Schmidt won the leadership in an upset victory on the second ballot with 814 votes, defeating Clark, who had the support of half of the Social Credit caucus, by a margin of 39 votes. Schmidt had trailed Clark on the first ballot by a margin of 512 votes to 583.
- Clark 583
- Schmidt 512
- Taylor 406
- Ludwig 71
(Ludwig eliminated, Taylor withdraws)
- Schmidt 814
- Clark 775
Social Credit sank into near-paralysis in opposition. Having spent all but a few months of its history prior to 1971 in government, it was unable to get the better of the Tories. The party's support collapsed in the 1975 election, when it fell to four seats—just barely holding onto official party status—and lost half of its popular vote from 1971. Schmidt failed to win a seat and resigned as party leader. Clark took the leadership unopposed. The party managed to stave off total collapse in the 1979 election, holding onto its four seats.
Dormancy in the 1980s
Clark resigned and on November 29, 1980, former Calgary mayor Rod Sykes became the party's new leader defeating Edmonton alderman Julian Kinisky 538-292. Again without a full-time leader in the legislature, the party continued to sag in the polls. It badly lost a by-election to the upstart Western Canada Concept in the Olds-Didsbury vacated by Clark, losing official party status in the process. Unable to resolve the party's internal and financial problems, Sykes quit as leader in March 1982.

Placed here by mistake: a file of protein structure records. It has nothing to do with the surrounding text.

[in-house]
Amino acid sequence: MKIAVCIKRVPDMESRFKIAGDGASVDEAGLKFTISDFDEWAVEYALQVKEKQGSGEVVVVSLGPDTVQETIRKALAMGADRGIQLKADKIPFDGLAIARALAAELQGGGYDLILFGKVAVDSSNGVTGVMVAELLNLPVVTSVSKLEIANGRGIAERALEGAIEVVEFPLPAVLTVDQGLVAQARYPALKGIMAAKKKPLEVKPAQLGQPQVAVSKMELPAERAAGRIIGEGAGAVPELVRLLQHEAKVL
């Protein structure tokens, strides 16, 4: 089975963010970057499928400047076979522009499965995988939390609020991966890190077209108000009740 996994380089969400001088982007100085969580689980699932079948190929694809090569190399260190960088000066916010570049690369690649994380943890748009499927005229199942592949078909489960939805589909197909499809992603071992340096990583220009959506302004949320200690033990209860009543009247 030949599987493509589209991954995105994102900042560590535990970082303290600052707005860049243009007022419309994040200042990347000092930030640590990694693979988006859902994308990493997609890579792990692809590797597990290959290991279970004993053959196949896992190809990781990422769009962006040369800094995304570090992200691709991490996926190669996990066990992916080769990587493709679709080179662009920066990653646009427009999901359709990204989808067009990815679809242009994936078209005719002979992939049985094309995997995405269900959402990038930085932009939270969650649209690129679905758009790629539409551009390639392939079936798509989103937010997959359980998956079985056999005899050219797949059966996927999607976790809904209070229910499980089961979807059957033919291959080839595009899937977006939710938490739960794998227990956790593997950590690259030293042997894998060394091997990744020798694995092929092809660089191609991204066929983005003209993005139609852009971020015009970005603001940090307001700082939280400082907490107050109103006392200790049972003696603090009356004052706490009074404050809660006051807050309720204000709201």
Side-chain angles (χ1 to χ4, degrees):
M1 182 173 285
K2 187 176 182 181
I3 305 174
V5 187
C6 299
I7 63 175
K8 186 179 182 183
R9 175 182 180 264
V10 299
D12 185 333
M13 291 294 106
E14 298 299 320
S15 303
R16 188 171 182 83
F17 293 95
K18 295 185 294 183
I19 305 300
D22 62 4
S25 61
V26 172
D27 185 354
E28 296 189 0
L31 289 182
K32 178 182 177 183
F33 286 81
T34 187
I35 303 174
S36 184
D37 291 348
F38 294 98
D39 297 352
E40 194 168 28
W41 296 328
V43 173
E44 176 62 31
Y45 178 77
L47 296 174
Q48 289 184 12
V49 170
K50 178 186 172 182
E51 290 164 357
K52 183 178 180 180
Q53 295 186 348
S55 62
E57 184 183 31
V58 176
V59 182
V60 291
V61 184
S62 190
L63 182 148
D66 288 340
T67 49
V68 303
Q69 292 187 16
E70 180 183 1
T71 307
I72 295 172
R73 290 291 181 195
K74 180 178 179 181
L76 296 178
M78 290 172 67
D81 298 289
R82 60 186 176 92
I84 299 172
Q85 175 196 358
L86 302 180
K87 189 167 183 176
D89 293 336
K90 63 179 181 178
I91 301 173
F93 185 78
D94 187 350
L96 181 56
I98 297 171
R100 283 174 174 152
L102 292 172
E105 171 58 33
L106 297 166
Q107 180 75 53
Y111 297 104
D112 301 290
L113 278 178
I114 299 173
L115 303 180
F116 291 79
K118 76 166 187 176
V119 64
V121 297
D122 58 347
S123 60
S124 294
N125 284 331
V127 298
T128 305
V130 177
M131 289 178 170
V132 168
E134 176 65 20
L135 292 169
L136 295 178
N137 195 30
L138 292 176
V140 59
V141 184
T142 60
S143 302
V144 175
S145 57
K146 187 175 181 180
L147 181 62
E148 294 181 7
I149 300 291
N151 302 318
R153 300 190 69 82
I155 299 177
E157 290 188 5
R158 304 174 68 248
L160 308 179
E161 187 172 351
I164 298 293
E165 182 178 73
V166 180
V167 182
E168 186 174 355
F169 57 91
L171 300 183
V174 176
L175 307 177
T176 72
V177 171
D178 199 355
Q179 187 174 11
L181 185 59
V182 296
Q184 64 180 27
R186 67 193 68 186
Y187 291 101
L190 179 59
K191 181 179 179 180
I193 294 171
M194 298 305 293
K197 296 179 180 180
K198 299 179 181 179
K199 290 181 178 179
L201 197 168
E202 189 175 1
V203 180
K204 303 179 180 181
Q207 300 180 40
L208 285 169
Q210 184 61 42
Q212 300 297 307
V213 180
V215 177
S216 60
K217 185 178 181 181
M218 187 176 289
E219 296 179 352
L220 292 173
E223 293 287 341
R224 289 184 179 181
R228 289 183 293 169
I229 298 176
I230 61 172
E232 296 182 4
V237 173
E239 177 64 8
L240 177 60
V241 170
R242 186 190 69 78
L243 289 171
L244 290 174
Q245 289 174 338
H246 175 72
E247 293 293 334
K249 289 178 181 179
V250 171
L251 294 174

On March 31, 1982, Raymond Speaker, the Socreds' parliamentary leader and leader of the opposition in the Legislative Assembly, announced that Social Credit would sit out that year's election. In his press release, he said it would be useless for Social Credit to fight the next election since there were not enough Social Credit voters left in the province.
The Social Credit council quickly distanced itself from Speaker's statement. There was wide speculation at the time that Speaker would cross the floor to Western Canada Concept. Unable to attract a new leader, the Social Credit membership held an emergency meeting September 18, 1982. A resolution was put forward that would have dissolved the party. This was soundly rejected by the attending delegates and a new president was elected.